They share their insights for those wanting to sell the product
Bridget Treacy, Hunton & Williams managing partner
There is a lack of public examples to point to in the UK of the costs of a data breach.”
“If you say that your company has never had a data breach, I’d suggest you’ve been looking in the wrong place. Learning lessons from any data breach is the silver lining that helps companies not to repeat mistakes. Breaches affect reputation: in the USA we’ve seen share prices fall, but if it is handled well the share price may rise.”
Hans Allnutt, DAC Beachcroft associate
Organisations usually hold data that’s valuable, and it’s therefore also valuable to a third party.”
“Europe led the way in data protection, but the Information Commissioner’s Office doesn’t really have the resources to fully enforce the Data Protection Act, and is reluctant to hand out fines. The ICO wants self-regulation such as exists in the payment card industry, rather than to put people
out of business.”
Lisa Payne-Lawrey, Clyde & Co partner
Hostile attacks reign as the most expensive data breach for UK organisations, and malicious attacks account for 29% of all breaches.”
“The average data breach costs UK organisations £1.9m, or £71 per record. The biggest contributors to costs are negligence, carelessness as to the loss of data, system failure, and lost business. Hostile attacks reign as the most expensive data breaches for UK organisations. Revenue generated from cyber attacks is estimated to exceed that made from selling illegal narcotics.”
John Dowdy, McKinsey & Company global leader, defence
There’s no actuarial table for cyber risk. There is no benchmark.”
“Who is really good at cyber security? We just don’t know. If you’re insuring somebody for a flood, you can find out if there’s been a flood before. With cyber risk, you don’t really know how good people are. Lots of companies don’t know what’s valuable. How can you protect yourself if you don’t know what you’re trying to protect?”
Andy Rees, QinetiQ head of security health check
You will never be completelyresilient to attack, but if you make it as hard as possible, the attacker may try somewhere with lower defences.”
“We attack networks using the same techniques as hackers. Usually straightforward security mistakes allow us to gain entry. In one example, we used a company’s website to glean its IP address range, through which we accessed its staging server and found names, email addresses, home addresses, post codes, car registration numbers, dates of birth and credit card details.”
Andy Hodgson, QinetiQ global chief information security officer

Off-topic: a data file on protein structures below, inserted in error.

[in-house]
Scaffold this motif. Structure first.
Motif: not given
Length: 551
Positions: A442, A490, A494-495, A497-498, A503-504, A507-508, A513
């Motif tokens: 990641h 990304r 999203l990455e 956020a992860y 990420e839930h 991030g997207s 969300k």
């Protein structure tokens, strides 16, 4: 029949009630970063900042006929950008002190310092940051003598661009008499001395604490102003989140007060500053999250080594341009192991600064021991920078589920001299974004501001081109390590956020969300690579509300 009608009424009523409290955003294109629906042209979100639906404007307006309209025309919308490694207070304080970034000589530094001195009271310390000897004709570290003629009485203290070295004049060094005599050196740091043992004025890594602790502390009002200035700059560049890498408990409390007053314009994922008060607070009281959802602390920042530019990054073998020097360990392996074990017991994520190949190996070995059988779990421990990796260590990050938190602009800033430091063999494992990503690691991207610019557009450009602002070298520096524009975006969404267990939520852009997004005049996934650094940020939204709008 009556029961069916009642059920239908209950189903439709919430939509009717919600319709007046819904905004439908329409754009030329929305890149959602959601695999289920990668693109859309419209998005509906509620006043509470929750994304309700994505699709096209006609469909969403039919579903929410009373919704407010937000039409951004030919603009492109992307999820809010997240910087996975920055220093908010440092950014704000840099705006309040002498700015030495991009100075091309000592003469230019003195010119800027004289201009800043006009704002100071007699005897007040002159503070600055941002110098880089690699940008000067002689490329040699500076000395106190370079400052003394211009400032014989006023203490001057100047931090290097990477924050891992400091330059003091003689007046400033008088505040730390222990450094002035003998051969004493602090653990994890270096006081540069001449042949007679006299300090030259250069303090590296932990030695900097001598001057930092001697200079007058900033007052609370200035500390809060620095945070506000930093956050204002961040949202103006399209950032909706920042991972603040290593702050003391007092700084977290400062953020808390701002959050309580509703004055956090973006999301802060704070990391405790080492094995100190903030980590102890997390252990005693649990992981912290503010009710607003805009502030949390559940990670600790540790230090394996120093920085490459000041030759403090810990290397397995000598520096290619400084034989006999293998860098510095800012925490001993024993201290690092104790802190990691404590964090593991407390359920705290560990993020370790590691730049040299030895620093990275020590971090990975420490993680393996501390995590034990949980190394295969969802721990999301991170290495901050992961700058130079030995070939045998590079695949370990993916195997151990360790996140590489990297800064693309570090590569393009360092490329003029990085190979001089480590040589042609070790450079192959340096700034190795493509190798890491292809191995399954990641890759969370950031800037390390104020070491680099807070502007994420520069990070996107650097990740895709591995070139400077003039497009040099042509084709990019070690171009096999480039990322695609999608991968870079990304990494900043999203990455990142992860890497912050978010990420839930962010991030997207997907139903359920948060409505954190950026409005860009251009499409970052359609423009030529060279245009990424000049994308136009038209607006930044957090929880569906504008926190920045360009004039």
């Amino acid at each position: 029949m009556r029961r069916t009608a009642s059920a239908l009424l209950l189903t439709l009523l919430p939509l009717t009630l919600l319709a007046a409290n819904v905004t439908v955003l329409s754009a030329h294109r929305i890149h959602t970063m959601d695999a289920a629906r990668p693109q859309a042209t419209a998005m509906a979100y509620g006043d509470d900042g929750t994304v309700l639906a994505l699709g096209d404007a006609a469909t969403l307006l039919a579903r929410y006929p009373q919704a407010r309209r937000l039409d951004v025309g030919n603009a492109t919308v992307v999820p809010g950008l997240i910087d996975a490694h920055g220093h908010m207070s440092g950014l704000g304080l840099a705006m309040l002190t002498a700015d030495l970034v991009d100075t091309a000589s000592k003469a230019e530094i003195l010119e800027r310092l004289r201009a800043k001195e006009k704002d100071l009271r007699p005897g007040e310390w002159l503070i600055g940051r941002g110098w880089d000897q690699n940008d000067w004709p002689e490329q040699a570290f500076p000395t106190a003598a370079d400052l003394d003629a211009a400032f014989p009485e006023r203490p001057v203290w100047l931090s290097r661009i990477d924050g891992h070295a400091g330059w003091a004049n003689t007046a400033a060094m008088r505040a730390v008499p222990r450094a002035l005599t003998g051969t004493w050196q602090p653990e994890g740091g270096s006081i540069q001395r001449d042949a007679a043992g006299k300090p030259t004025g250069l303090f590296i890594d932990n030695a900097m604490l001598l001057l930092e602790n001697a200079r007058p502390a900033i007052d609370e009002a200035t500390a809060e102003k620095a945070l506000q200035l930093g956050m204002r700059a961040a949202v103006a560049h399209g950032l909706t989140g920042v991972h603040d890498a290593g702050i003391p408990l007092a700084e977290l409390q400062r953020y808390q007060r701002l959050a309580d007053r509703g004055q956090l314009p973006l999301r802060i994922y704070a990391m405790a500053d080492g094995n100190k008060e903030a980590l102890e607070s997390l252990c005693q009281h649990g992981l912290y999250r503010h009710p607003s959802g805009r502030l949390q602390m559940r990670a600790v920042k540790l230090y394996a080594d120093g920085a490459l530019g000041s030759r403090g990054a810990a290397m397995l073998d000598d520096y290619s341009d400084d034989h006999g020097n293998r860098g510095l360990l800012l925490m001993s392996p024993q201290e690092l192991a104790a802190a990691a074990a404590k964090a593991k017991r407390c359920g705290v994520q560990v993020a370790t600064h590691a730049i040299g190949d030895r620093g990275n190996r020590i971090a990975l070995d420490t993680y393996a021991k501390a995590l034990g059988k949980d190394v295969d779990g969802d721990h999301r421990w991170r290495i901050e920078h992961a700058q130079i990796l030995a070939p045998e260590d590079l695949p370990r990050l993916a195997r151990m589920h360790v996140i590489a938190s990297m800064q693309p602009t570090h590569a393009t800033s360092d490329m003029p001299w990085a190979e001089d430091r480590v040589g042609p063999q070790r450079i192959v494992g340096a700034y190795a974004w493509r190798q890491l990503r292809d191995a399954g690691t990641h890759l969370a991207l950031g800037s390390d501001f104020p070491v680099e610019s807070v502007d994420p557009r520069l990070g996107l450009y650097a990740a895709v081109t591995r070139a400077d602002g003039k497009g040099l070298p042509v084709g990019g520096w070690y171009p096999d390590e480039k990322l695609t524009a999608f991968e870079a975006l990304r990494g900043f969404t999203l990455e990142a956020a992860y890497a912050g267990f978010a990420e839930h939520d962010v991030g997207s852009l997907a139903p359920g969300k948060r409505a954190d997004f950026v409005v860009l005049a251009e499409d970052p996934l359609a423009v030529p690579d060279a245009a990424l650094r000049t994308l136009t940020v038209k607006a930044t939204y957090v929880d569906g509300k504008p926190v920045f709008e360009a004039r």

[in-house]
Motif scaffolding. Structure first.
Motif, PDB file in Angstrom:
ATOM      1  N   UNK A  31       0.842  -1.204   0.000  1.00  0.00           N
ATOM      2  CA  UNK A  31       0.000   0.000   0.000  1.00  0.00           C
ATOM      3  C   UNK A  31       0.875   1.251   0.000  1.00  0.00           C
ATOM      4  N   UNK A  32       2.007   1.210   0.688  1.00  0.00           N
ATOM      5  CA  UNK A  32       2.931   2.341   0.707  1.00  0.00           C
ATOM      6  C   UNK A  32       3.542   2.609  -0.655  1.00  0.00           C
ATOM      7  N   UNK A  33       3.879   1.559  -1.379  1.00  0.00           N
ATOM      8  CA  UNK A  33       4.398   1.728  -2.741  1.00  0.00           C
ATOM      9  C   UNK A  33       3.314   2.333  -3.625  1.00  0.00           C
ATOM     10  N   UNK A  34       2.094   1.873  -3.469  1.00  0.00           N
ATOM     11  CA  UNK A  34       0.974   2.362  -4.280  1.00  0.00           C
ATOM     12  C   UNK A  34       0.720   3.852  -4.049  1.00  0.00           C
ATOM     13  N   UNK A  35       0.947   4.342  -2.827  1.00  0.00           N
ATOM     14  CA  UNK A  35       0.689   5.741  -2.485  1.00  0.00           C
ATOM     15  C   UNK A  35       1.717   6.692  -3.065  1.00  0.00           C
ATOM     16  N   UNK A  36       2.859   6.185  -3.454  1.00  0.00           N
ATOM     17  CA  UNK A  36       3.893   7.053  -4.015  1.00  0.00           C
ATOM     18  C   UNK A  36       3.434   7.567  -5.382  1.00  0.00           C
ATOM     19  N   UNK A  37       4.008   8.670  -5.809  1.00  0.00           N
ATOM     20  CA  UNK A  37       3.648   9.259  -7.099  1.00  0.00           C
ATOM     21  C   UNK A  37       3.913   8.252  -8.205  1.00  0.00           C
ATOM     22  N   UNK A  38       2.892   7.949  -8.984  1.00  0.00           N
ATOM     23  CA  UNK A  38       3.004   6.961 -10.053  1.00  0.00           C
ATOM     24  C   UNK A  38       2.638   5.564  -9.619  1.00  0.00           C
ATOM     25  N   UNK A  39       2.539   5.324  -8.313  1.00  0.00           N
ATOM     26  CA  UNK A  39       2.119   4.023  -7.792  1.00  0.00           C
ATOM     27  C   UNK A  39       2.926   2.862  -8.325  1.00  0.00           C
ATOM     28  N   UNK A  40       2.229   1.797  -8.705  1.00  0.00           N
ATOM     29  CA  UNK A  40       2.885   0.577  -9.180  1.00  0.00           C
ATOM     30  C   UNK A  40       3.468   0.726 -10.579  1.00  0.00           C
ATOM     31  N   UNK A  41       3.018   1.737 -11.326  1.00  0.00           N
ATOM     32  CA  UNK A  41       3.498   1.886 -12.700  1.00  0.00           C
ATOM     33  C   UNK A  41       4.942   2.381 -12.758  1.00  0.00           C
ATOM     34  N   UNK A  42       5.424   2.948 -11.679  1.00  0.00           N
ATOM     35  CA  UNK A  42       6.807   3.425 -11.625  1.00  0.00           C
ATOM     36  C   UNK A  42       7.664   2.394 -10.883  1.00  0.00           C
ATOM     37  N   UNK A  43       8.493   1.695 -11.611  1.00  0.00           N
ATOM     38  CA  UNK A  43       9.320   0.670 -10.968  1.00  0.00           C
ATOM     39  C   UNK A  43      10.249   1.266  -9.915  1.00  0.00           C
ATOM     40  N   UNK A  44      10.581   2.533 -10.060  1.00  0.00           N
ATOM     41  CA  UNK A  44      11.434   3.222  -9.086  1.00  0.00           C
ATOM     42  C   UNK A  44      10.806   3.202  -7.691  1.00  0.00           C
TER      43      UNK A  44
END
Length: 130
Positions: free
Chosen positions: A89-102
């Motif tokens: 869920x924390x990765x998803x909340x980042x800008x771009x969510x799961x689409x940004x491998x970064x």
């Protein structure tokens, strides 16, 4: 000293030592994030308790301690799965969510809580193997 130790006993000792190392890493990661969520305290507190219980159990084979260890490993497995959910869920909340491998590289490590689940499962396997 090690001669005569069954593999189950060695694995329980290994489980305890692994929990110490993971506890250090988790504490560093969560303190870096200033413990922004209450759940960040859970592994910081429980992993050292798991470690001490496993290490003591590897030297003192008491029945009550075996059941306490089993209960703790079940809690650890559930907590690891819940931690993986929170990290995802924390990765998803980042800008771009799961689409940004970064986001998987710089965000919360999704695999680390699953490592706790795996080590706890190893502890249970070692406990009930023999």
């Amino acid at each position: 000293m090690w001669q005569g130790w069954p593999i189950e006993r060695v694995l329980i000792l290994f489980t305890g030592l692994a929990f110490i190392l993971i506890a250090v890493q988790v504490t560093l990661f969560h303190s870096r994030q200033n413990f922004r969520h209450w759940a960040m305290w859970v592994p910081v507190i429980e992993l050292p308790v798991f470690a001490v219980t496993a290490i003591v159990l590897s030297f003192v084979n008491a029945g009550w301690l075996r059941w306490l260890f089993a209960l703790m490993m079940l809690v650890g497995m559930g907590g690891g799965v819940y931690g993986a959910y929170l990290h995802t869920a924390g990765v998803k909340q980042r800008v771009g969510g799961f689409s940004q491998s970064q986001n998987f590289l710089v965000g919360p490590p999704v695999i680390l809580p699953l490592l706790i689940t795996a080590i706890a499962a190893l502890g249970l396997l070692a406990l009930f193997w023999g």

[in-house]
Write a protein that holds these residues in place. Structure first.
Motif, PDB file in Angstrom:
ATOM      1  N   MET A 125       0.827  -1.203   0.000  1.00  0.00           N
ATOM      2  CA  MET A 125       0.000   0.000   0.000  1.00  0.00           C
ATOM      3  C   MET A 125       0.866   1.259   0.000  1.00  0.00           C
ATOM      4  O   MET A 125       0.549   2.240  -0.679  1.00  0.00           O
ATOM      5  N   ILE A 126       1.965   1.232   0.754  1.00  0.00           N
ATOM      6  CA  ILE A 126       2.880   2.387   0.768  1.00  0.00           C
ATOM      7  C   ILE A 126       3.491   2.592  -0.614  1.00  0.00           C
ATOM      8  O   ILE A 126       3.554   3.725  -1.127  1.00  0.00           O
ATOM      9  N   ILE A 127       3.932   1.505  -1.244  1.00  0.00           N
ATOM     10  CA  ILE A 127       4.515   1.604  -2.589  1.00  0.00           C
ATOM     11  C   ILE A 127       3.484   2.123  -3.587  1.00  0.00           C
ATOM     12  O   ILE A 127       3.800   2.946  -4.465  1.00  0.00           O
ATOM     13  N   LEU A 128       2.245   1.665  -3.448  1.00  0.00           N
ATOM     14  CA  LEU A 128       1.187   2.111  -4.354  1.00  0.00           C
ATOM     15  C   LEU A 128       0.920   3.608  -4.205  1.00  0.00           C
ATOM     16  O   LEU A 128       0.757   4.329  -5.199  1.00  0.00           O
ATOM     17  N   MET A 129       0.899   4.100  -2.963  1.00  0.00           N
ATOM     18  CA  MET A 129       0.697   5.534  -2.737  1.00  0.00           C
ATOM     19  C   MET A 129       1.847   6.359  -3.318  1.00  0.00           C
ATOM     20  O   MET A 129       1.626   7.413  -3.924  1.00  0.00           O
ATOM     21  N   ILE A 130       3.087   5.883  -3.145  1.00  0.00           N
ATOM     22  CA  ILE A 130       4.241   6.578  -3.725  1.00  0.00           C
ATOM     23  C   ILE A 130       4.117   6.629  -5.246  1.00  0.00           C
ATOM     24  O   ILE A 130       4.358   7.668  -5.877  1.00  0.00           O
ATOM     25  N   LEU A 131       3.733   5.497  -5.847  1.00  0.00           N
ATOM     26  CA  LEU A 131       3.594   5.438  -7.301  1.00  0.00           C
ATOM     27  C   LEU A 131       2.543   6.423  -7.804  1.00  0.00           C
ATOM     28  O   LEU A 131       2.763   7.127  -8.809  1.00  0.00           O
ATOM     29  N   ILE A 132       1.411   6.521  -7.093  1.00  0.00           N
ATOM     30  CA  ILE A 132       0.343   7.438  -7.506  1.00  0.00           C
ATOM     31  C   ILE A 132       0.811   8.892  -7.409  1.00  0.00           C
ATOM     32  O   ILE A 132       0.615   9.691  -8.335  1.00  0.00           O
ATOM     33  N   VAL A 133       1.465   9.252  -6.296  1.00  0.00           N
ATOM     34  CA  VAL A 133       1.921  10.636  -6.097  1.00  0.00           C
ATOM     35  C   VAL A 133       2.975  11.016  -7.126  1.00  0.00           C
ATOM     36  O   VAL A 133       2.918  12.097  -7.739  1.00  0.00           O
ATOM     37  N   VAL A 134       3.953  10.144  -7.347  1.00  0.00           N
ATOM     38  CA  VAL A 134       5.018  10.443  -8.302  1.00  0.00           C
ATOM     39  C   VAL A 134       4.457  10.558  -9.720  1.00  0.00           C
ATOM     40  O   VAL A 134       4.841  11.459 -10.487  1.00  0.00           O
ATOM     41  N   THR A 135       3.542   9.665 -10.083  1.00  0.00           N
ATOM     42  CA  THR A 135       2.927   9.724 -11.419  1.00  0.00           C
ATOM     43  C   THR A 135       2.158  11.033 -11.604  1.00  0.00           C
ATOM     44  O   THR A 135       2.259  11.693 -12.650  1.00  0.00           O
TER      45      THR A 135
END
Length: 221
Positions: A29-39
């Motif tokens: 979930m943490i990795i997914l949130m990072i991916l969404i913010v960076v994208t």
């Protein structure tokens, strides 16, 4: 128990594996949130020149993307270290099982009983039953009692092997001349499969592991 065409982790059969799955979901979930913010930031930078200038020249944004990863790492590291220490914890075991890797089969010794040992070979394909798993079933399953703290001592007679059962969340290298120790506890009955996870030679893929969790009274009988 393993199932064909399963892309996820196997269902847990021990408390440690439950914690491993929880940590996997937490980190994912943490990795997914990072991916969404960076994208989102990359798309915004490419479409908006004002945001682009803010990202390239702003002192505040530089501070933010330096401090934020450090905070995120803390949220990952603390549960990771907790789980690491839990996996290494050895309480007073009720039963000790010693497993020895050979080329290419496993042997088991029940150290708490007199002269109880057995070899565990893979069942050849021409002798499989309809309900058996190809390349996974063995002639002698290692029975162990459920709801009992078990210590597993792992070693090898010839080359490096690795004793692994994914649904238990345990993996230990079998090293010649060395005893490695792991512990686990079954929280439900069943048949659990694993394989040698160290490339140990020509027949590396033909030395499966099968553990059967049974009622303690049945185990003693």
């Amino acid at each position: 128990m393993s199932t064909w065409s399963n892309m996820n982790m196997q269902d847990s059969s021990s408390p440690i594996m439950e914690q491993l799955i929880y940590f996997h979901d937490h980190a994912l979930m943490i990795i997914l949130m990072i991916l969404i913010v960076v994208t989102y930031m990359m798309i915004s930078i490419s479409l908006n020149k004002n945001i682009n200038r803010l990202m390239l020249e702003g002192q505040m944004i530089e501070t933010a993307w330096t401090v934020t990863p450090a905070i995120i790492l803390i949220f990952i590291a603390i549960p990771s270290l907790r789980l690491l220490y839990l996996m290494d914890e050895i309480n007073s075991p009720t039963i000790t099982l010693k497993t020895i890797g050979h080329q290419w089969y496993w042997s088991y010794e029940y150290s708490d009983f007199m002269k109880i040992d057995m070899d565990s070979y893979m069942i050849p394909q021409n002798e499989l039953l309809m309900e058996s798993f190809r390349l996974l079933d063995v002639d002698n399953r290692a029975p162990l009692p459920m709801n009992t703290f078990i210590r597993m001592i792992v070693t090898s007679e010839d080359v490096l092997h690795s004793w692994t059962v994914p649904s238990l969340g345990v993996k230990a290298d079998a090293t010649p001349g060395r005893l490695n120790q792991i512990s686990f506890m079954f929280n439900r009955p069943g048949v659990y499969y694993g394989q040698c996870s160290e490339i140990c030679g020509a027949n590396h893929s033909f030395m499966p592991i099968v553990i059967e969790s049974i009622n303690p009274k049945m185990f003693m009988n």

Prepare, protect, prevent and pursue. The Four Ps. You need them all.”
“At the moment we’re seeing high-profile attacks. Successful ones have usually been caused by some sort of human error. You’re only as strong as your weakest link. Don’t write your password on a post-it and leave it on your laptop. My job is to make sure that companies’ security is secure enough to withstand attacks from threat actors.”
Charlotte Worlock, Clyde & Co associate
After one data breach, a North Carolina company had to set up an external call centre to deal with the volume of calls.”
“Proposed new data laws mean that data breaches in Europe
are likely to be handled in a similar way to how they currently are in the USA. Firms incur huge costs ensuring compliance with complex laws, though luckily in the UK, there are no class action law suits, so individuals suing companies is much rarer.”
Geoff White, Zurich senior market underwriter - TechMedia
The misconception over cyber risk is that it’s a spotty kid in their bedroom, but there’s far more to it.”
“You’re now seeing insurers spending a lot of time investing in teams and policy offerings, most importantly developing good-value products based on what customers want. The holy grail is the SME to mid-market, though making things cost-efficient is difficult in this area. Human beings don’t like filling out forms and we really need to make it easier for our customers to buy this insurance.”
Think cyber risk doesn’t touch your clients? Read on – our experts pull no punches
What risks does a ‘cyber risk’ policy cover?
“Cyber means different things to different companies and varies widely depending on the size or function of a business.”
“The four key areas are: first-party property damage cover, business interruption, first-party liability cover and third-party liability.”
“Ultimately it’s about understanding these areas of cyber in relation to the customer.”
“It’s not necessarily financial data primarily, though of course people are more likely to sue if you’ve lost their credit card details, but technically it can be any sensitive data.”
What should you do in the event of a data breach?
“Once you have a breach, companies need to organise their internal resources to find out what’s happening. Launching an investigation is crucial.”
“The key questions for an investigation are: What happened? Who is affected? What data has been affected? And what systems were implicated?”
“It’s recommended to contact your lawyers as soon as possible. Then you need to contain the breach, evaluate the risks and consider your obligations.”
“Once notifications have gone out they will be discussed publicly, and it’s quite a task to manage that in an interconnected world.
What contributes to the cost of a data breach and how much is it?